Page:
Leveraged And Inverse ETFs: Understanding Monthly Resets

Most leveraged/inverse ETFs reset their leverage daily, but some have monthly reset periods. In that case, the ETF provides leveraged or inverse returns to an index over a month-long period, rather than over one day. While this seems like an attractive alternative to the challenges created with daily reset products, the monthly reset option is "different" rather than "better" for most investors.

To be clear, the month-long period doesn't begin when you buy the ETF, it begins on a prespecified day—usually the first trading day of the month. Only those investors who buy and sell on the exact reset day will realize the intended leveraged or inverse exposure. While this offers the upside of achieving the desired multiple (e.g., 3x or -2x) over a one-month period without rebalancing, there's no flexibility as to when the period starts or stops.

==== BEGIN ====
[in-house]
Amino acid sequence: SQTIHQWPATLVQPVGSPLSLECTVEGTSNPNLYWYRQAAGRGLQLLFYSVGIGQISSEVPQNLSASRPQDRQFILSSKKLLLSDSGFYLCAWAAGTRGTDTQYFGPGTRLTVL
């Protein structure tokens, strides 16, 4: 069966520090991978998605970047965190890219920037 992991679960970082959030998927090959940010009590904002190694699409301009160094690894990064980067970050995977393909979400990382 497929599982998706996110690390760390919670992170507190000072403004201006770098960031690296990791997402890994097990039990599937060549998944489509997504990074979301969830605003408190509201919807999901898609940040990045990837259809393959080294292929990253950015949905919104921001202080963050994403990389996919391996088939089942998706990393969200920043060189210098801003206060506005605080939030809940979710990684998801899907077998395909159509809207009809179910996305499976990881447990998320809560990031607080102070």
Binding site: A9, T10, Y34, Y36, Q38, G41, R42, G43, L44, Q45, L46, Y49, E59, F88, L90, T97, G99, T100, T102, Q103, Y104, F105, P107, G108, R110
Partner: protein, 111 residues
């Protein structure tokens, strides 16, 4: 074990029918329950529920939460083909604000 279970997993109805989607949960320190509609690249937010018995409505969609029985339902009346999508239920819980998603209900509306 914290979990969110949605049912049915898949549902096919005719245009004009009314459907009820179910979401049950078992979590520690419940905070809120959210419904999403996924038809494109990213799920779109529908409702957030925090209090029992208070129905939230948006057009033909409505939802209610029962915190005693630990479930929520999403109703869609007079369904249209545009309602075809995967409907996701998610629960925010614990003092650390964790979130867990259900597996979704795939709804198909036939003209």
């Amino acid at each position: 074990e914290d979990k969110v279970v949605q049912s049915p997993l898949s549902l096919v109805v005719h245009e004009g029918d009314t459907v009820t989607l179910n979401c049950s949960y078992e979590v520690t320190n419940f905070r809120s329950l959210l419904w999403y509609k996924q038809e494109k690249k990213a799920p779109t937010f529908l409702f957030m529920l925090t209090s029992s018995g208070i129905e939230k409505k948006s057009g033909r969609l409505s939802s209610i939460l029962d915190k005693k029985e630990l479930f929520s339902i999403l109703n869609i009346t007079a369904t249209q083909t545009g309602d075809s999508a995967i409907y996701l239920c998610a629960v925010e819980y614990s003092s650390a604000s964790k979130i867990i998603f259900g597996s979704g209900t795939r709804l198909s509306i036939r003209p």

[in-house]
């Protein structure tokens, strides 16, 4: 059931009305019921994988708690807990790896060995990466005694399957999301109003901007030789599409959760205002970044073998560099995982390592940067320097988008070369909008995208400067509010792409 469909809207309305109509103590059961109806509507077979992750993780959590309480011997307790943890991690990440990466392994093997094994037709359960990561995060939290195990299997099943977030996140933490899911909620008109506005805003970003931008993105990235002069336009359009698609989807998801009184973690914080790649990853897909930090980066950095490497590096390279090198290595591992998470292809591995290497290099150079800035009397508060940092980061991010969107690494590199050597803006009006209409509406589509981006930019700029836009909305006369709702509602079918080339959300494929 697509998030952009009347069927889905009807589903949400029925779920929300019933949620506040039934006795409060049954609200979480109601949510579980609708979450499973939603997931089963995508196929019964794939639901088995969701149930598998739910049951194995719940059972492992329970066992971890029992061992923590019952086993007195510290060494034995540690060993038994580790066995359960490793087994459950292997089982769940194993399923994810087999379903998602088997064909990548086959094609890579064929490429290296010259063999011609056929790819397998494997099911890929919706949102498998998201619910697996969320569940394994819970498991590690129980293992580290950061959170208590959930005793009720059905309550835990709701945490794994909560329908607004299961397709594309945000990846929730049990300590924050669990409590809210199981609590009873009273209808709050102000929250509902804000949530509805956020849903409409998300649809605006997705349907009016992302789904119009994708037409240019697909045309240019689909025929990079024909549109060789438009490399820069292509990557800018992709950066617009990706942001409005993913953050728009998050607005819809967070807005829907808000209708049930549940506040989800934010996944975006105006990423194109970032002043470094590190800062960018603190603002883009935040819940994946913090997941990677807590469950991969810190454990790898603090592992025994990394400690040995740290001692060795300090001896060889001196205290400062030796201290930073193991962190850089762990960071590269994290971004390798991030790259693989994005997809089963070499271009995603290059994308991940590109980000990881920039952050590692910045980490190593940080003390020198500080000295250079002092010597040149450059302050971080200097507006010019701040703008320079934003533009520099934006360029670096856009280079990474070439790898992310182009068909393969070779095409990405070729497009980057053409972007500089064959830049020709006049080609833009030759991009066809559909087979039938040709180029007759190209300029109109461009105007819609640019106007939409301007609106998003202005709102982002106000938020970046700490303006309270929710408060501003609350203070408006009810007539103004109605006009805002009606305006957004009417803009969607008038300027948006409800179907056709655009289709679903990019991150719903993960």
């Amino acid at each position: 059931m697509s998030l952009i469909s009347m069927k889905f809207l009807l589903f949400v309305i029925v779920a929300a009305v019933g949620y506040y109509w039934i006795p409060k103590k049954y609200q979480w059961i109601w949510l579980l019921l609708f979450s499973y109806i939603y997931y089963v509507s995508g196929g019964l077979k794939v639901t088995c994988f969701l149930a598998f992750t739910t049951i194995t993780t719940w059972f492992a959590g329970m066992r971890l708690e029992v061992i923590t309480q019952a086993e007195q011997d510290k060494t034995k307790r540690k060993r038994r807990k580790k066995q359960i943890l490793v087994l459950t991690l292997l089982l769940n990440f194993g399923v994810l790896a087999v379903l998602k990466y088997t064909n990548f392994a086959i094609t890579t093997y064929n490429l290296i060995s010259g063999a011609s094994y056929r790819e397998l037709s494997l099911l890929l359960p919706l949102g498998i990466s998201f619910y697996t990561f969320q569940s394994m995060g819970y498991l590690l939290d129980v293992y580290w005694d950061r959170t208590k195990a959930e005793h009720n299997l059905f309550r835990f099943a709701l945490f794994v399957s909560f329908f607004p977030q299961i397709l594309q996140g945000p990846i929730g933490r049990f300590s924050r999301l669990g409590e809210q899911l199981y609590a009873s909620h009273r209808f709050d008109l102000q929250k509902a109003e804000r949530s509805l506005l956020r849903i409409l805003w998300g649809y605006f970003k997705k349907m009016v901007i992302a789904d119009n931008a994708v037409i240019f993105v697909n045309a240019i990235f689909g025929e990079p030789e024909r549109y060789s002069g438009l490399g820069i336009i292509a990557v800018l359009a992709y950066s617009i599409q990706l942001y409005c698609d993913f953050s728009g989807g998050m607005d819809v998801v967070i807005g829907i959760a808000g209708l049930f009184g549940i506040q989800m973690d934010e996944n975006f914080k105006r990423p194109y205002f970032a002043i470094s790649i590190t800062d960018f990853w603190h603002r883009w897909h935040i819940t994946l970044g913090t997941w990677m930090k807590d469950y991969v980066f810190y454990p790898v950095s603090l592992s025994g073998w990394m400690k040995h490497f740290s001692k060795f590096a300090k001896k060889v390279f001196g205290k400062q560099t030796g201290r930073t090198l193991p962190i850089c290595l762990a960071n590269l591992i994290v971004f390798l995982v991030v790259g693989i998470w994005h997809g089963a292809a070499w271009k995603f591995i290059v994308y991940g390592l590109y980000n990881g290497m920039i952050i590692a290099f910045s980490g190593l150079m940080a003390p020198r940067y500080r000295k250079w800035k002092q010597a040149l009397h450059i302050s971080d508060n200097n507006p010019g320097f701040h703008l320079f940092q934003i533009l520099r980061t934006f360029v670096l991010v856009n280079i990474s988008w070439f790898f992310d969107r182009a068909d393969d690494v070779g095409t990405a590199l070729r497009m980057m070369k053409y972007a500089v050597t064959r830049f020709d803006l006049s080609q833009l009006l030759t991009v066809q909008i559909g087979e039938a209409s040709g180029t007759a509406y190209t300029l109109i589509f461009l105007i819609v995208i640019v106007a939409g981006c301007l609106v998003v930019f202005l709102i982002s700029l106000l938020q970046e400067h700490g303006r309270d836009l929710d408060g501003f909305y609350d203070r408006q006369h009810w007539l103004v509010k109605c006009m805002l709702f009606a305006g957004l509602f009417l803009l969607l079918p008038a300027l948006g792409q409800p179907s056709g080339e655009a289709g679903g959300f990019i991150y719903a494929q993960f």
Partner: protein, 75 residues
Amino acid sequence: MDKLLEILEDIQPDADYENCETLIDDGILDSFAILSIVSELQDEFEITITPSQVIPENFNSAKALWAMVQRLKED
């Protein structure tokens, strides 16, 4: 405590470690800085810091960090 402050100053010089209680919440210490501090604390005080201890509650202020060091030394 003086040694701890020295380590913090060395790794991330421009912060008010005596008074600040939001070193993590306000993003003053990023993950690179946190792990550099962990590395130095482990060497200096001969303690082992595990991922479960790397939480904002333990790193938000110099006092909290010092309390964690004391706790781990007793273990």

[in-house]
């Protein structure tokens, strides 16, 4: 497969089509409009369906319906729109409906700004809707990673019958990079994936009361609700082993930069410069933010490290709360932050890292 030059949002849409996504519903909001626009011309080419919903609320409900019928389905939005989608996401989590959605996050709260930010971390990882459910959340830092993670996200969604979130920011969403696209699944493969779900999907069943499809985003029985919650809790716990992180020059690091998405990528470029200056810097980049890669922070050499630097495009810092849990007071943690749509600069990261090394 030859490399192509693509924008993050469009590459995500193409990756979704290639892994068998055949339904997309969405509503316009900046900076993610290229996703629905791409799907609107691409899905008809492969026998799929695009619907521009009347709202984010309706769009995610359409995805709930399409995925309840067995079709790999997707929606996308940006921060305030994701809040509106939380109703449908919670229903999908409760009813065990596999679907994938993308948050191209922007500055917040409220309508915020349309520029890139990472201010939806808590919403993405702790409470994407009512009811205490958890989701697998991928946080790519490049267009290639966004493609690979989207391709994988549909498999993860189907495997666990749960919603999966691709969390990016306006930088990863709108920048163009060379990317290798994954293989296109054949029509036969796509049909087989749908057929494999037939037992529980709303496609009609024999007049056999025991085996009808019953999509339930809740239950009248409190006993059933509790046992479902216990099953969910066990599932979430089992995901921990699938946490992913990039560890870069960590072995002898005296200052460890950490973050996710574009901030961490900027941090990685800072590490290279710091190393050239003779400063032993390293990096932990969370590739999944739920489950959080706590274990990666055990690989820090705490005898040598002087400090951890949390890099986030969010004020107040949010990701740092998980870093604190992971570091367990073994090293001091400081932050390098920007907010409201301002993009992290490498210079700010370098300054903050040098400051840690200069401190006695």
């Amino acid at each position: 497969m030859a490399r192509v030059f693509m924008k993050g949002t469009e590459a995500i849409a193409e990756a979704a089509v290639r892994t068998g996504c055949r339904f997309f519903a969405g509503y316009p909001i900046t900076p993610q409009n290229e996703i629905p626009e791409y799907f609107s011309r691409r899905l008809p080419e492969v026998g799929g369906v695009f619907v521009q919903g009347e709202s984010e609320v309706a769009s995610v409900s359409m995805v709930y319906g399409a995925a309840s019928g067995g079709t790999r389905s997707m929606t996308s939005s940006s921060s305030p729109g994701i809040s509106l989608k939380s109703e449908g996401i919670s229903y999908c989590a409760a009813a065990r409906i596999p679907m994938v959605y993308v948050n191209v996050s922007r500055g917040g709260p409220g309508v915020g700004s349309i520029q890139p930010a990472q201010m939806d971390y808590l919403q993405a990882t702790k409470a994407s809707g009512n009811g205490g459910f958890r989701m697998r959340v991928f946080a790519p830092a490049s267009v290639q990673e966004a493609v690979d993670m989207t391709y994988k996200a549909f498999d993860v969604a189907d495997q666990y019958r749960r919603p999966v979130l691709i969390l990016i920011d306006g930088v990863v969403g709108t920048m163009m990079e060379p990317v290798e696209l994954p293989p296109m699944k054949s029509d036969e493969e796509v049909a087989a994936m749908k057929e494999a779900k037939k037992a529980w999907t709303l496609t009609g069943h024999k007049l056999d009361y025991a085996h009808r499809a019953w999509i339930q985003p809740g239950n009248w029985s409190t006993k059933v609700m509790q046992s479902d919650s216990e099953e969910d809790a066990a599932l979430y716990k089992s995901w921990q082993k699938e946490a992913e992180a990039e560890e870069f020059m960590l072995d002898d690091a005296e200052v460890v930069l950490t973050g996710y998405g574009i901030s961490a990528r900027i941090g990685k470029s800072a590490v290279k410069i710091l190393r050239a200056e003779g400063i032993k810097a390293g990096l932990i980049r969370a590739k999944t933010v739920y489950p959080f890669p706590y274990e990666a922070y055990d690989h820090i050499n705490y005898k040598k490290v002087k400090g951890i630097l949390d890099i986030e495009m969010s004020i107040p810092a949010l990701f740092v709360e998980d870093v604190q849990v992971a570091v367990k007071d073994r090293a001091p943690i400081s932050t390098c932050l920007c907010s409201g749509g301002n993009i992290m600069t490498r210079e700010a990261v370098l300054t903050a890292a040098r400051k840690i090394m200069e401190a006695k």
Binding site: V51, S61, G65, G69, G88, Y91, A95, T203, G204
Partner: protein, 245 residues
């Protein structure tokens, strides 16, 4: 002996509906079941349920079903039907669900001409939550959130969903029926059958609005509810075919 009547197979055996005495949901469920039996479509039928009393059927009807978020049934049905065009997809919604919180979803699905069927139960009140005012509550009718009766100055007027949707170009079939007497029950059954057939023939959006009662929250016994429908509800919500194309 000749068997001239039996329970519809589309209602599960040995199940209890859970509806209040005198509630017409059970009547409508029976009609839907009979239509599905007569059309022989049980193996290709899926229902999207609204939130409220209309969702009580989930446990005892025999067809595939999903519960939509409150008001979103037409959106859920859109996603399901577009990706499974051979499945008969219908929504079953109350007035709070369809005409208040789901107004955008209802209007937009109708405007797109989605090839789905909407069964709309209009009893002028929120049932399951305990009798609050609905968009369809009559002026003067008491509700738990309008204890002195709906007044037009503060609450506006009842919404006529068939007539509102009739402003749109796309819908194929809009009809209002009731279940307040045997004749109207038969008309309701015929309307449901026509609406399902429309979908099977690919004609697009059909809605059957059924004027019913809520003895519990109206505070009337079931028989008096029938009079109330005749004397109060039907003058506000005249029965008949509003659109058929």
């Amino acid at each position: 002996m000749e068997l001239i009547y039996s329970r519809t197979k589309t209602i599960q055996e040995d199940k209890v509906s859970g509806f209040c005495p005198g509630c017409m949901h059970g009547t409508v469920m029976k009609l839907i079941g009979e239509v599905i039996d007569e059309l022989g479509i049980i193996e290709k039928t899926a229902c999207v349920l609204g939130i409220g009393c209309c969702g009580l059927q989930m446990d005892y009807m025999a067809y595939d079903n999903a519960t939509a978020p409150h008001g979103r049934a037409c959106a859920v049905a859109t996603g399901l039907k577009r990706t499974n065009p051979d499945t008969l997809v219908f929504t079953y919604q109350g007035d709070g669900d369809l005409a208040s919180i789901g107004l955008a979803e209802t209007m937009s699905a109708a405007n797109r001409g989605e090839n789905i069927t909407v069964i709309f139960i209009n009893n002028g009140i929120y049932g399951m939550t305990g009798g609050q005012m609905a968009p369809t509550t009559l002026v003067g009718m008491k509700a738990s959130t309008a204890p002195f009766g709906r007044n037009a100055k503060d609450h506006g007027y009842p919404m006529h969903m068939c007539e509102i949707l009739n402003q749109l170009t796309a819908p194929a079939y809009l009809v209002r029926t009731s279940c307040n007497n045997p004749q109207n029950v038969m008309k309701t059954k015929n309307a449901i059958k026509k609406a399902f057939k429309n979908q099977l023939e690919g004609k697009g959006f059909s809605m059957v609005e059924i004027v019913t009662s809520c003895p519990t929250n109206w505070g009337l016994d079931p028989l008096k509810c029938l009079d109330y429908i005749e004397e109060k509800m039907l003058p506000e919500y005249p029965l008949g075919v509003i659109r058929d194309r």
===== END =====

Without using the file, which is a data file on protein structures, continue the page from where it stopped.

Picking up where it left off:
A monthly reset product can produce a different set of returns than those with one-day resets. In choppy markets, the monthly reset may be an advantage, but in trending markets, the longer reset period means that the fund could be under- or overexposed within the month.

Ultimately, longer-term investors will still need to rebalance their exposure just as they would with a daily reset product. In fact, short-term investors will also need to rebalance their positions, since the multiple is only in effect for the stated period.

Next: Bond ETFs Vs. Bonds: Which Are Better?


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